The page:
Most Americans had until March 31, 2014, to begin the enrollment process in health coverage under the Affordable Care Act of 2012. To help ensure consumers would take the need to purchase health care seriously, the Act set out tax penalties.
Tax preparer H&R Block estimates the majority who remain uninsured after the deadline will qualify for penalty waivers. However, you may be one of the four million uninsured the company believes won’t qualify for a waiver and will face a tax penalty this year.
What is the penalty for going without insurance? Penalties start small but increase each year. The penalty for tax year 2014 is 1% of adjusted gross income (AGI) or $95 per adult and $47.50 per uninsured child, whichever is higher. In 2015, the penalty increases to $325 per adult or 1% of AGI and $162.50 per child. And in 2016 it will rise to 2.5% of AGI or $695 per adult, with an additional $347.50 per child. High wage earners face additional tax implications.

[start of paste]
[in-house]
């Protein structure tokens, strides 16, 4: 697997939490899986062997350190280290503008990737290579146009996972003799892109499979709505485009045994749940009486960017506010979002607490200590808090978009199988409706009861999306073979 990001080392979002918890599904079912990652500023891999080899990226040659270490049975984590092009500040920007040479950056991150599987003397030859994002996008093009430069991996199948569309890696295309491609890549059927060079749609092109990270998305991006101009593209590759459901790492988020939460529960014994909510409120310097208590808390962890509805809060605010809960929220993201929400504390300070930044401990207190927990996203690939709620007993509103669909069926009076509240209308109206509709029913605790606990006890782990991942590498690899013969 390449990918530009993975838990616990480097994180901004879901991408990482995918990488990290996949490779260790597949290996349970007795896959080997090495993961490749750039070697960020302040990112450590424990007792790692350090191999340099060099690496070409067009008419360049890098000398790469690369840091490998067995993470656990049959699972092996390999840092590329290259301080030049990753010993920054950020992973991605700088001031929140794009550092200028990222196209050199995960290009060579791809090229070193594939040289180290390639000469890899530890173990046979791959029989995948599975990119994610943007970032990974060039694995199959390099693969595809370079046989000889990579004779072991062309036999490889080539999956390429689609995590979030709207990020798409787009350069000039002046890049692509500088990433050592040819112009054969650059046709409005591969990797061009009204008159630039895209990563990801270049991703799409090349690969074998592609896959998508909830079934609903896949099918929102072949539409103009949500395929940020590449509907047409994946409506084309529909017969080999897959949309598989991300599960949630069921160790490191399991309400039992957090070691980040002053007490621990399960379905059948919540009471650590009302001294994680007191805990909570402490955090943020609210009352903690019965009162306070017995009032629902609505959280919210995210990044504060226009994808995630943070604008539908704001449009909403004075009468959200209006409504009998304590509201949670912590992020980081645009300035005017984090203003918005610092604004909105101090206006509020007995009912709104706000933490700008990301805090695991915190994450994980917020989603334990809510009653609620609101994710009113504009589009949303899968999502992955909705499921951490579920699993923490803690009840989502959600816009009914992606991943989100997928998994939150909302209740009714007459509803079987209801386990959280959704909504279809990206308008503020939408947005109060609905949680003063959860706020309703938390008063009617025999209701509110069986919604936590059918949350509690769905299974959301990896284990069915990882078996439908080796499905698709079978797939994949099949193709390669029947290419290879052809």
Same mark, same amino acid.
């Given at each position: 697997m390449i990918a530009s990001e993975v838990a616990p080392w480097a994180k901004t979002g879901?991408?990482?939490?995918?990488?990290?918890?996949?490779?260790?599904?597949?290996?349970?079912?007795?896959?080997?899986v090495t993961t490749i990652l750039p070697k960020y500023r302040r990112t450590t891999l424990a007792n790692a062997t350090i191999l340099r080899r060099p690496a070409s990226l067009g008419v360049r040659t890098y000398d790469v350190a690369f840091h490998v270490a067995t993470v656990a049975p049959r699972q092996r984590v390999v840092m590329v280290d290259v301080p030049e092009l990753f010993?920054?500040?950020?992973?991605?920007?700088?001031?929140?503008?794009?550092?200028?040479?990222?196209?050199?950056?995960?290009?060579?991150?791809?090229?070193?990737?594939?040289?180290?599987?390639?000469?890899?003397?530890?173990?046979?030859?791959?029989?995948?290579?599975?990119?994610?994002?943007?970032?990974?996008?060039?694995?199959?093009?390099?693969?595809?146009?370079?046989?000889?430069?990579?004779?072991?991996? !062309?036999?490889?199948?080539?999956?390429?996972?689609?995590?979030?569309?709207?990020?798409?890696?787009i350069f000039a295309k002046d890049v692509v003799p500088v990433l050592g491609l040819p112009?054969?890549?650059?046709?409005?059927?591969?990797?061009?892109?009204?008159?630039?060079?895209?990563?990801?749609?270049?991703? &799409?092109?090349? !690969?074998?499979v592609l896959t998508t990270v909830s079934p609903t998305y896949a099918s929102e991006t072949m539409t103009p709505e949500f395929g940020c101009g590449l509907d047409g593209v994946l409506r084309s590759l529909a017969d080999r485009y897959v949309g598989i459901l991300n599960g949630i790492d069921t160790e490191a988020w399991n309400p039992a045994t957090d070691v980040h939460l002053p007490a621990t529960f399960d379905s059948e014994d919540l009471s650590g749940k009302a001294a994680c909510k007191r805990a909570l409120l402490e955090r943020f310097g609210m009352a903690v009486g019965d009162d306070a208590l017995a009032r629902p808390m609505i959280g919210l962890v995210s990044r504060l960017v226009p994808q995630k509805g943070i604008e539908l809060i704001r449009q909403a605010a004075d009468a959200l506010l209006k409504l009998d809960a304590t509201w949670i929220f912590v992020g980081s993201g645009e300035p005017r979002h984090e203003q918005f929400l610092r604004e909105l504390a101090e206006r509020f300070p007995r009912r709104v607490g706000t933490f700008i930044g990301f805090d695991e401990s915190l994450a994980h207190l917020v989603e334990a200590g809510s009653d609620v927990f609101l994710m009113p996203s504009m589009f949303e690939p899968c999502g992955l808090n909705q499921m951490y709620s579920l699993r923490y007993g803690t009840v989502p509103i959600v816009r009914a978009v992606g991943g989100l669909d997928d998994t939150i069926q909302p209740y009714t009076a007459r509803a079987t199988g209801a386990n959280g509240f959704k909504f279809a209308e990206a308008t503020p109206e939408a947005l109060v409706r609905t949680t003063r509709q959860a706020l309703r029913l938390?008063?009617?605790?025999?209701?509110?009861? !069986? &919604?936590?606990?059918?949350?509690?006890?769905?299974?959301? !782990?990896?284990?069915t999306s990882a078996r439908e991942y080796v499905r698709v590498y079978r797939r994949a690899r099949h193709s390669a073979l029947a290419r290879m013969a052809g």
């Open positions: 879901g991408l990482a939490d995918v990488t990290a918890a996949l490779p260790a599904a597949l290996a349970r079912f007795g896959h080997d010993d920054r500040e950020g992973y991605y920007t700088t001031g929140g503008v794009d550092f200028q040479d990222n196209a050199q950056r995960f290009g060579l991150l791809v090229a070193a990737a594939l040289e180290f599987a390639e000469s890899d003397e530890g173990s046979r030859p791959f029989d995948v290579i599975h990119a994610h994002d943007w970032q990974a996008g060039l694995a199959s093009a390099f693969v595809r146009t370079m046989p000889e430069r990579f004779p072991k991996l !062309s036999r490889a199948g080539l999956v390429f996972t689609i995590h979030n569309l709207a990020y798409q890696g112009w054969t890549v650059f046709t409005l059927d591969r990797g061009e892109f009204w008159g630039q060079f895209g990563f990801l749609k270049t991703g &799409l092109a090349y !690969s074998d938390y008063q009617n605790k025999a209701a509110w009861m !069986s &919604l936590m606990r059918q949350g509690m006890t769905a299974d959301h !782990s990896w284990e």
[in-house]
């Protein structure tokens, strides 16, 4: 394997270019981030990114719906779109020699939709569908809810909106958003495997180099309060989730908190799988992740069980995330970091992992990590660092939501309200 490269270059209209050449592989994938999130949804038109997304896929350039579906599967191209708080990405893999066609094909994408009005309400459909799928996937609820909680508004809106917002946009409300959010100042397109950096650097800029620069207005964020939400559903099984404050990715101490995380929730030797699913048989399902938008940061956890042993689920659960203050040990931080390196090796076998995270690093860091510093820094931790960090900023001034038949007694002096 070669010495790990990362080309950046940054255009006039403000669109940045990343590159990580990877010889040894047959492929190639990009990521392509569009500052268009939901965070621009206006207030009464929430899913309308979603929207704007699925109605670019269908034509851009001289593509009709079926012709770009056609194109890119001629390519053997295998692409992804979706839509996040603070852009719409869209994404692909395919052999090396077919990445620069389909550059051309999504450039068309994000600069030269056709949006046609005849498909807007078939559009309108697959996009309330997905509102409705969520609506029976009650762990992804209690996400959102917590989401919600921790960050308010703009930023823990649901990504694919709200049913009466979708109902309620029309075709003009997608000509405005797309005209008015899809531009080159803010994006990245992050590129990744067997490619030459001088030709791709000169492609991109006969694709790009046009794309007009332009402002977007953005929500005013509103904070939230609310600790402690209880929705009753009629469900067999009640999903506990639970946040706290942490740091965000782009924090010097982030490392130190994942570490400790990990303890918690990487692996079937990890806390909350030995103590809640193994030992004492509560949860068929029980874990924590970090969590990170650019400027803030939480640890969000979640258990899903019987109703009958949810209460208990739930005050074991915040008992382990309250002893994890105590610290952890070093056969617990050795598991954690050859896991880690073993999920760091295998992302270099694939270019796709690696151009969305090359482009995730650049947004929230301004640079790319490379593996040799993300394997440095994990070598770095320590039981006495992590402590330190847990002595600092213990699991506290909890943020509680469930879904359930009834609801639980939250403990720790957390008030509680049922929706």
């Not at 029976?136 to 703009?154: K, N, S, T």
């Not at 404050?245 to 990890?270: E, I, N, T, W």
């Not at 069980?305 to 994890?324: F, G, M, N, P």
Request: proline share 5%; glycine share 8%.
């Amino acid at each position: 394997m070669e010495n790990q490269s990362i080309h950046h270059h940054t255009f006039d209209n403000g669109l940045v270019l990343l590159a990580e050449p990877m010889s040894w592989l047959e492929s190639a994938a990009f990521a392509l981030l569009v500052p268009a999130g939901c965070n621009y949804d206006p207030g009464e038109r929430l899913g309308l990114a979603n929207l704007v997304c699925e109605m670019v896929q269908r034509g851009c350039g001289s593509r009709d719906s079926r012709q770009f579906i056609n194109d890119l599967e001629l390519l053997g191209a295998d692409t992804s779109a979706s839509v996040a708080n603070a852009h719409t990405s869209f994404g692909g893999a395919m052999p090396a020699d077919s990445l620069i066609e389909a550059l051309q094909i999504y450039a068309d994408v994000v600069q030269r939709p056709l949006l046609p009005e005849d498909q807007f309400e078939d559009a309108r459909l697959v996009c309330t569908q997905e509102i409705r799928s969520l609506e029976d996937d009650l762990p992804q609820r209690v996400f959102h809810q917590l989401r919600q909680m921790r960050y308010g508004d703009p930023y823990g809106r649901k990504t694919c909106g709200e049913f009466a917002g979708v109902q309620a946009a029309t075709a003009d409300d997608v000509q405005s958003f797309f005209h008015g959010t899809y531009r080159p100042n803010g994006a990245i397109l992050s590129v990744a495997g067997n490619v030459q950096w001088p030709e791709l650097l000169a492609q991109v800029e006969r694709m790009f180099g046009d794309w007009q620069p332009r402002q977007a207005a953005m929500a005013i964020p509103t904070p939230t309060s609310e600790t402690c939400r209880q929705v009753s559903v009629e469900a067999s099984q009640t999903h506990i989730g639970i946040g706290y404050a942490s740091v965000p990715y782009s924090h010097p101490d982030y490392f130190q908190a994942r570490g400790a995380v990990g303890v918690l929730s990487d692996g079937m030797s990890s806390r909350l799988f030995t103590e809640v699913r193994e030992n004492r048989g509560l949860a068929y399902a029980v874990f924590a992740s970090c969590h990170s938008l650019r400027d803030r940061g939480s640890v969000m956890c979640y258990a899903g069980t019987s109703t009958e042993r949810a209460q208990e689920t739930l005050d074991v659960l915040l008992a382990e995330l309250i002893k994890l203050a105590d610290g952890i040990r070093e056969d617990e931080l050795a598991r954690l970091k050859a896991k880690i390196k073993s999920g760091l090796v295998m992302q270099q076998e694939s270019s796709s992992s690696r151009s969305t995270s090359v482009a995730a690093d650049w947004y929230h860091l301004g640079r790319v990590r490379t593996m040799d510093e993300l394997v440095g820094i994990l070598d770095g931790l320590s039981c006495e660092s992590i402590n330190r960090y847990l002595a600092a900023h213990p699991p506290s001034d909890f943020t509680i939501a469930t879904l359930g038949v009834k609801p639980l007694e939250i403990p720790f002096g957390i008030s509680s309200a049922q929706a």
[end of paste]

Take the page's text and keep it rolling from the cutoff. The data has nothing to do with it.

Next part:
Exceptions to penalties may apply if you missed the open enrollment deadline. Triggering events such as a job loss or a divorce may allow you to enroll after the open enrollment period. In addition, if you qualify for Medicaid in your state, you can enroll at any time.
To avoid tax penalties, and to have peace of mind concerning your health, talk to your insurance agent. Healthcare coverage may prove to be more affordable than you think.